~ MPs discuss draft ordinance ~
PHILIPSBURG–Government workers will end up with more pension at the end of the month under the proposed average-pay system contained in the draft National Ordinance for the Revision of the Pension of Civil Servants, which was discussed during a public plenary session of parliament on Friday.
General Pension Fund APS Pension Administration and Reporting Manager Oscar Williams outlined the key differences between the current end-pay system in which the pension is calculated based on the last salary of a worker and the proposed average-pay system where the pension will be based on an average of the worker’s salary for his or her entire civil service career.
Williams said that for the current final-pay system, the worker’s last salary serves as starting point for the pension accrual and each year the accrued pension is adapted to the most recent pension base as though this applied throughout the entire service career. Also, the cost of the final-pay system is high, which makes it unsustainable, and there is automatic indexation until the retirement date.
In the average-pay system, the salary of each year serves as a starting point for the pension accrual and the accrued pension is the sum of the annual accrual. Also, the pension is possibly increased with indexation.
Williams provided some examples that show pensioners taking home more funds in the proposed new pay system.
Prime Minister and Minister of General Affairs Leona Romeo-Marlin told Members of Parliament (MPs) during the meeting that the pension system is the most complex part of civil servants’ legal position and is also very sensitive and costly.
“In 2015, it was already clear that the present pension plan is no longer sustainable and government had great difficulty meeting its financial obligations and APS reported that cover ratio was sinking below 100 per cent,” she said. “In order to assure the survivability of the pension plan, premiums would have to be increased or the system would require a drastic reform. Government chose to reform the pension system and the draft national ordnance we are discussion today (Friday) is part of that reform.”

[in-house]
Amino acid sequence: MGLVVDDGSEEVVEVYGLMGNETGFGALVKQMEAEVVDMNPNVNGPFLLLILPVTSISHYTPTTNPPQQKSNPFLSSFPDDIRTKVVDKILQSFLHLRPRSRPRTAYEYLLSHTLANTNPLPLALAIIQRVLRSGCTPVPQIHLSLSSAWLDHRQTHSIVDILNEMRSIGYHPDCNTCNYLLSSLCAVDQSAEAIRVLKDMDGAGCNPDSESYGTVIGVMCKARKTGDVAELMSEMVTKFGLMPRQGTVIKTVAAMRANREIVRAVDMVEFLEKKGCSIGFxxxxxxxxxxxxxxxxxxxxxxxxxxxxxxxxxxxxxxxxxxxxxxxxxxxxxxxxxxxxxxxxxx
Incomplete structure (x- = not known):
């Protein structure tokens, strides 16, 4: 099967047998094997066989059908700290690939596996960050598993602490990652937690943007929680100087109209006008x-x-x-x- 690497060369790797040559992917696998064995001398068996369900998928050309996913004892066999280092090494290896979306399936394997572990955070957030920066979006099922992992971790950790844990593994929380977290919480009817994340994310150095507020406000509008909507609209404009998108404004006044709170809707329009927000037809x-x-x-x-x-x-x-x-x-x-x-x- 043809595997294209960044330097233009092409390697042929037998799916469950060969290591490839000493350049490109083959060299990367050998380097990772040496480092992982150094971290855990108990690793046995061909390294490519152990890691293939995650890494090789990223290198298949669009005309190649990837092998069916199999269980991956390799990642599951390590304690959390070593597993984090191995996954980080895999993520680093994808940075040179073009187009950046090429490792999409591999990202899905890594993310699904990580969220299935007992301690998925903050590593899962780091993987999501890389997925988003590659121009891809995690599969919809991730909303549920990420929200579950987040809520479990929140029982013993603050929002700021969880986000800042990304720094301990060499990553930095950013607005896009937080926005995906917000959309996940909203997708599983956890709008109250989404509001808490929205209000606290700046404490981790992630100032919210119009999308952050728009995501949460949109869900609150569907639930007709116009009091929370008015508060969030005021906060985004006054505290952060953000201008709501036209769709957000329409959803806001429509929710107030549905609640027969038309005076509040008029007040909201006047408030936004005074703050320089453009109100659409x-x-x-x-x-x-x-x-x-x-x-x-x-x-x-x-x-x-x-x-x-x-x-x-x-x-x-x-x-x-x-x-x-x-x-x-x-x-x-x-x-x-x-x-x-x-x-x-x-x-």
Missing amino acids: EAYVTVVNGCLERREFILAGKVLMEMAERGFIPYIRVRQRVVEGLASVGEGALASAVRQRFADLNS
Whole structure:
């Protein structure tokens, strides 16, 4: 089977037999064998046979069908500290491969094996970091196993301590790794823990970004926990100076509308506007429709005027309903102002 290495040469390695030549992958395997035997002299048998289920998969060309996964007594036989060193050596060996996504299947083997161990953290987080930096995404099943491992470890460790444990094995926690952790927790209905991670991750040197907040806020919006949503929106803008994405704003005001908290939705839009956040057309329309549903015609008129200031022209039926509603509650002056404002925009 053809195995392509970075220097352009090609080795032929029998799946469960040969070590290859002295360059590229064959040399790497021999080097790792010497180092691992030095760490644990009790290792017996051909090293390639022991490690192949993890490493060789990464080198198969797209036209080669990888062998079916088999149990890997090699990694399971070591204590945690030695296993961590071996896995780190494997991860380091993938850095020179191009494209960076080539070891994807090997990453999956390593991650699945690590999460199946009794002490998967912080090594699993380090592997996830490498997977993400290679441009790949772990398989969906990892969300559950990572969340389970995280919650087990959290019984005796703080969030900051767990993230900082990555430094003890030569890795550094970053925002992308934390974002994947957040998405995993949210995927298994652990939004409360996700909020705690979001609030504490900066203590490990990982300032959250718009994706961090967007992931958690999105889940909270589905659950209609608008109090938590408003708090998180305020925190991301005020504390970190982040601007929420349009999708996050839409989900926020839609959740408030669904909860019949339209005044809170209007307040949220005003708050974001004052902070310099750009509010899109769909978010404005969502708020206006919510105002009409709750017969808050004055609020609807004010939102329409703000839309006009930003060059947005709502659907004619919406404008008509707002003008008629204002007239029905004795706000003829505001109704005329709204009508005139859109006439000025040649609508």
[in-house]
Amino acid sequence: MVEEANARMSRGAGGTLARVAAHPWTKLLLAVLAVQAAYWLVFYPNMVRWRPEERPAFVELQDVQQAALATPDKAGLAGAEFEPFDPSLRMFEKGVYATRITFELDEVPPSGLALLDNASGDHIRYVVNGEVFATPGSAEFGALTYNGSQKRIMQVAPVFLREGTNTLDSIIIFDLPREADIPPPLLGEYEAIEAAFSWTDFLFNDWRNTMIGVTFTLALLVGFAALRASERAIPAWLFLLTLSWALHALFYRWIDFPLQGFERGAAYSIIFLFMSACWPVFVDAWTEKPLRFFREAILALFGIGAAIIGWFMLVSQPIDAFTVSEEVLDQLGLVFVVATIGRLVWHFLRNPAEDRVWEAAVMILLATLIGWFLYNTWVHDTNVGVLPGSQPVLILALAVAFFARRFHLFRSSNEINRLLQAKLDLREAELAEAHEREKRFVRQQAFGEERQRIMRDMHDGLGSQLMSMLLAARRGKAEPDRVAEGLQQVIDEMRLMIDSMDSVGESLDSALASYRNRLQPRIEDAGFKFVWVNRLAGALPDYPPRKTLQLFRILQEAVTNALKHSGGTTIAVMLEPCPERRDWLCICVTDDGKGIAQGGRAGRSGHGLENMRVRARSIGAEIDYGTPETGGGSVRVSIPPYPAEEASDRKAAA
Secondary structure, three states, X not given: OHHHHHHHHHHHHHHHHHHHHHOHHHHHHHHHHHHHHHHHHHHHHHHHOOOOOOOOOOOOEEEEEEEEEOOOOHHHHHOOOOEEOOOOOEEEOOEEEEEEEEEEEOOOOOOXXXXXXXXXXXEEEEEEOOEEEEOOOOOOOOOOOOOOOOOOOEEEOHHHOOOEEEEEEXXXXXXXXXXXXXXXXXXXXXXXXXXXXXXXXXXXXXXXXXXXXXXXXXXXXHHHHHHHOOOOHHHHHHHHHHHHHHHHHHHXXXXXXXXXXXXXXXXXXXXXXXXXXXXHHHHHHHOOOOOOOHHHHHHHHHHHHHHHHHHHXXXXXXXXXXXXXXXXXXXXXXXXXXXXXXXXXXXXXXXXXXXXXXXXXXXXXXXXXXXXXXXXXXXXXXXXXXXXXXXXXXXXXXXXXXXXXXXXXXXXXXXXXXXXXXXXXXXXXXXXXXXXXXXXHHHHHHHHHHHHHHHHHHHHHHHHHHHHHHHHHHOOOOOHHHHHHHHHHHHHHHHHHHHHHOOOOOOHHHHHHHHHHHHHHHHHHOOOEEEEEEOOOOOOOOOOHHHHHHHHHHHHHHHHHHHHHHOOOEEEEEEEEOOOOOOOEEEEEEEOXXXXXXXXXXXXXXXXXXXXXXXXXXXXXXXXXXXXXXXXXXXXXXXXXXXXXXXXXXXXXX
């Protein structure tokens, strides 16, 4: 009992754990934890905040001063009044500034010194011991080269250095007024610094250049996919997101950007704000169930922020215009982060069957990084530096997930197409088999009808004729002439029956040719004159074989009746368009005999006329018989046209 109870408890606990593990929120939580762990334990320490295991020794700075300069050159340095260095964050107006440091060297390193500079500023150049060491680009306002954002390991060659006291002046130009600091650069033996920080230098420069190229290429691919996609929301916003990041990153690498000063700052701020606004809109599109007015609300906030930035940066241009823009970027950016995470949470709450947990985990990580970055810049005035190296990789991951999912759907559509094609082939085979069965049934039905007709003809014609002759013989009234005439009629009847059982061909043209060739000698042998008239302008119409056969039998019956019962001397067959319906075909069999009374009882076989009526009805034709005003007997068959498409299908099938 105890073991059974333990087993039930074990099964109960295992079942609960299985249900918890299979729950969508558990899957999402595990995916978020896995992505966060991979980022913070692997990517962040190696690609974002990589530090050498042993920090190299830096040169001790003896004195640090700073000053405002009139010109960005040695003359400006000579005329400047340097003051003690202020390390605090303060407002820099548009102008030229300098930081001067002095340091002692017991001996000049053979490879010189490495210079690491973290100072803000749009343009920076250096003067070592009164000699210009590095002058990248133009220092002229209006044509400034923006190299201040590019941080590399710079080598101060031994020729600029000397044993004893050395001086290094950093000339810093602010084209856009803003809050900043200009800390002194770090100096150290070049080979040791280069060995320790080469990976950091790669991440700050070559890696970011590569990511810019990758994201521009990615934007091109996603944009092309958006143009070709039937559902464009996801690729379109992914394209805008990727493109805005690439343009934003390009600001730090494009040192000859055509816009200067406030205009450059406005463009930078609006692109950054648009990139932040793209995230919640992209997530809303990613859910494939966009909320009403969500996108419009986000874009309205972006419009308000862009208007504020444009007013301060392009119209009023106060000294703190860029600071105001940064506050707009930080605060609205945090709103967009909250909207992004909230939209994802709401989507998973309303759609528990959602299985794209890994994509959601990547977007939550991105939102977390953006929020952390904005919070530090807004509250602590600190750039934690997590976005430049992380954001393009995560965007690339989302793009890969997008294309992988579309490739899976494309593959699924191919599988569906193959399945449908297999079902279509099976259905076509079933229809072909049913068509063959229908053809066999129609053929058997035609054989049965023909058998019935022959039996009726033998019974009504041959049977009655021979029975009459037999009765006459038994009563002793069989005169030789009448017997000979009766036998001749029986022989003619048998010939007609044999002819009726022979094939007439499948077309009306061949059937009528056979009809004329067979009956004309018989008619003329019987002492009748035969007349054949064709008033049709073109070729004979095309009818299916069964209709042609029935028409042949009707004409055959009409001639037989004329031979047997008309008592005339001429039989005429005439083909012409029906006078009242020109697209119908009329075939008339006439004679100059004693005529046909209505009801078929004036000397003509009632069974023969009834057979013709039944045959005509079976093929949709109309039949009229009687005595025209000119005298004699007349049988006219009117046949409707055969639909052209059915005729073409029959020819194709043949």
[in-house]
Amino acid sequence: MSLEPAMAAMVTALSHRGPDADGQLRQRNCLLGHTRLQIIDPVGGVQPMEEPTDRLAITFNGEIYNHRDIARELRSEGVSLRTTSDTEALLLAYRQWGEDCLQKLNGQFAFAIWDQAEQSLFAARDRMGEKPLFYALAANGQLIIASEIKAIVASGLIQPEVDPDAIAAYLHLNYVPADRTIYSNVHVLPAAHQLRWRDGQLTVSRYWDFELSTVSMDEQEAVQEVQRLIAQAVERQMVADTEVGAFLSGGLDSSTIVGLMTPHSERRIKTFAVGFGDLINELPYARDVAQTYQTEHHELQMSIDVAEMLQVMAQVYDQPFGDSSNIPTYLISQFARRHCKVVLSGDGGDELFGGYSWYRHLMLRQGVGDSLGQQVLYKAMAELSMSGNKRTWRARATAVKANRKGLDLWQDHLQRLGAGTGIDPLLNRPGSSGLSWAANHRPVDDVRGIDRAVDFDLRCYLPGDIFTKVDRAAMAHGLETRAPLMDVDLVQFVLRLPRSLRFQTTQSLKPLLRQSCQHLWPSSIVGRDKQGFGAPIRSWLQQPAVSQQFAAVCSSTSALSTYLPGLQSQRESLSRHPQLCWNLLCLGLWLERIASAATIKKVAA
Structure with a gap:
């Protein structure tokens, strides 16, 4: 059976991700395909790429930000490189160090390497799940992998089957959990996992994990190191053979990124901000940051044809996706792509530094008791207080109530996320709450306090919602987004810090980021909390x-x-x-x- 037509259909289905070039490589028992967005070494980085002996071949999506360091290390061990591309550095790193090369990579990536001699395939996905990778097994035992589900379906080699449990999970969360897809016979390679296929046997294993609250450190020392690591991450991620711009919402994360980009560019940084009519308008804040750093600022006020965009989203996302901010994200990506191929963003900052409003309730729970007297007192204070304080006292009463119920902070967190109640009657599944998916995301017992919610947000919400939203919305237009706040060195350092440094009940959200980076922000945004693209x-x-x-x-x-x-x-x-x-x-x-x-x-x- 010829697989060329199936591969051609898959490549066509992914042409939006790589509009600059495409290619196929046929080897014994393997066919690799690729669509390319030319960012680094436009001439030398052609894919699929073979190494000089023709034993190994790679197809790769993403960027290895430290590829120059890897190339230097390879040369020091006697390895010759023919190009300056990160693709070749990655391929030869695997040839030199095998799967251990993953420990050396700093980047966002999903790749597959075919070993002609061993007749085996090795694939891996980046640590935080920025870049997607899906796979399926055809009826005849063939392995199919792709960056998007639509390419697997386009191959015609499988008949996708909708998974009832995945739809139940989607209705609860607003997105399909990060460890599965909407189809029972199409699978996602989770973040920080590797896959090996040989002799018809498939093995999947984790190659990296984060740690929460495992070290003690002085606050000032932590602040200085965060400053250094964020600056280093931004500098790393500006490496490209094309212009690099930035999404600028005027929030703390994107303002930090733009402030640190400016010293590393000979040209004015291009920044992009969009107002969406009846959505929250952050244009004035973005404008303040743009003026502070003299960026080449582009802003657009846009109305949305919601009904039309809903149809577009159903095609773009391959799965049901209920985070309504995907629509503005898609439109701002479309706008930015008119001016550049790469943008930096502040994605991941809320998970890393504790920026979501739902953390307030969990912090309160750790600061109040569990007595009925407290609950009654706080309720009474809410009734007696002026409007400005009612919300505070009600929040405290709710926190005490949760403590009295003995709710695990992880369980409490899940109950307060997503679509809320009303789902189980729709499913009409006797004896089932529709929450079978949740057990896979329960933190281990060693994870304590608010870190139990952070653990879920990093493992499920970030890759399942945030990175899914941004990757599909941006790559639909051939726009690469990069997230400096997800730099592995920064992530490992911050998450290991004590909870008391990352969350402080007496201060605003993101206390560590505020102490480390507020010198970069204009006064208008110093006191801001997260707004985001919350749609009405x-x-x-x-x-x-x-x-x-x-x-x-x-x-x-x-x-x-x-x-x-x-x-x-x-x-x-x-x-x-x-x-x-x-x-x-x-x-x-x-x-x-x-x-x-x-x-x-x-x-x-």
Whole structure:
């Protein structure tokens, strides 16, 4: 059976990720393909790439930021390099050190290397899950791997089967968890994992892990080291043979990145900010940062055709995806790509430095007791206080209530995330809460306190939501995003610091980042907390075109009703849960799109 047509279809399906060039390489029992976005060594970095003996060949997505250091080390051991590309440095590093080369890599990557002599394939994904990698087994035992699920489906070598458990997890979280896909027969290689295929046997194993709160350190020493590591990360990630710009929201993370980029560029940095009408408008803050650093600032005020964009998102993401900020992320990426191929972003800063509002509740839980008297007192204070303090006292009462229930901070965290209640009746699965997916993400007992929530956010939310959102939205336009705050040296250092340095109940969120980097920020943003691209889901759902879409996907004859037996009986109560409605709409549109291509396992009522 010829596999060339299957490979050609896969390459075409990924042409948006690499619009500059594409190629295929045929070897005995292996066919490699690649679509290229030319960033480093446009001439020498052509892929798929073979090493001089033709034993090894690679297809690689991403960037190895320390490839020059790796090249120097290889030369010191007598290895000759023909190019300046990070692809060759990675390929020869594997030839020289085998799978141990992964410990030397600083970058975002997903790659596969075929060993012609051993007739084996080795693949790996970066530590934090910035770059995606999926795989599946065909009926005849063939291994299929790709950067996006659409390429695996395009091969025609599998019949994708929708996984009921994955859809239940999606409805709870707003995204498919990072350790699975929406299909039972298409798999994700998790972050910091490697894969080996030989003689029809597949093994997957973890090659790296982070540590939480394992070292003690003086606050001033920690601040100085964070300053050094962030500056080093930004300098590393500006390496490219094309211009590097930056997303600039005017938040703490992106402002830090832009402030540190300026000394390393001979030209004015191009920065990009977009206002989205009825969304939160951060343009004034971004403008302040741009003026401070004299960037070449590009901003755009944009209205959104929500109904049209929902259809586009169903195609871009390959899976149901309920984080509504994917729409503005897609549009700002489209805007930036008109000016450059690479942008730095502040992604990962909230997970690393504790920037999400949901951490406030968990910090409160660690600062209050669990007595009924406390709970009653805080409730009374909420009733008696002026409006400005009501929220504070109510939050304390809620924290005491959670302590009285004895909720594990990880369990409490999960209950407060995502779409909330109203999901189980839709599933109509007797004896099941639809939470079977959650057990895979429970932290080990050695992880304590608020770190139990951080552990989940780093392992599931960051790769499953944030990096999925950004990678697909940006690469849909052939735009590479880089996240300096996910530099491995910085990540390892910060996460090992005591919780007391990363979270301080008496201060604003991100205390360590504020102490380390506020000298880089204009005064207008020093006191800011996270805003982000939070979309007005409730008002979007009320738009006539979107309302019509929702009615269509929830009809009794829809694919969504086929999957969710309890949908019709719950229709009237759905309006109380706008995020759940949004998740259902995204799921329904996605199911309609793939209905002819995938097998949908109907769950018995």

Government formed a work group to assist with the changes and government and unions representing civil servants and teachers in the GOA (WICSU/PSU, WITU, ABVO and NAPB) signed a covenant in January 2017 in which it was agreed to make changes to the pension law.
The issue was already discussed in a meeting of the Central Committee of Parliament last year. Romeo-Marlin said government proposes that parliament approve the changes in the public plenary session, to guarantee the pension fund’s future sustainability.
Other changes in the draft which were discussed in a Central Committee meeting last year include moving the pension age to 65 from the present age of 62. Built into the draft, is the possibility for workers to retire at the age of 62 if they want to. However, they will receive a somewhat reduced pension. Another change in the draft is a reduction in the percentage paid into the fund by government for civil servants from 25 to 18 per cent.
The premiums being paid by civil servants will not be changed. Currently employers contribute 19 per cent to the pension fund and employees contribute 6 per cent of their salary.
Also changed is the ending of Widow’s Pension for ex-spouses. The possibility has also been built in for future changes to be made to orphans’ and widow’s pensions as well as for the disability pension.
Also built into the draft is a recovery mechanism which will go into effect if the coverage ratio of the pension fund goes below 100 per cent. If this occurs, the General Pension Fund Administrator APS will be required to come up with mechanisms to restore the credit ratio within five years. If this plan fails, employers and employees will have to make contributions to the fund to restore it.
The law also now makes provisions for an automatic and unconditional indexation of civil servants’ pensions. Once the coverage ratio reaches more than 105 per cent, there will be an automatic indexation of pensions. Currently, pensions are indexed based on the indexation of salaries in government, but this will now be based on the financial situation of the fund and the cost of living in St. Maarten.
The draft also includes the possibility for civil servants to buy additional pension at their expense.
Once the law has been passed, it is expected that civil servants and teachers will roll over into the new system simultaneously and the current system will come to an end. Civil servants will retain all of the benefits they have accrued in the current system, these will go over with them into the new system, and they will continue to build up their pensions according to the new rules.
There will be several exceptions. There will be no changes for persons who are already on pension and for persons who were born between January 1, 1957, and July 1, 1958, who are in the transitional arrangement when the pension age was increased from 60 to 62 in 2016. However, if the latter want to be part of the new system, they can request that this be done.
All persons who roll over into the new system will receive 10 per cent of their already-accrued pension rights and will build up further pension according to the new rules.
Several MPs posed questions and presented concerns on the draft, following which the meeting was adjourned.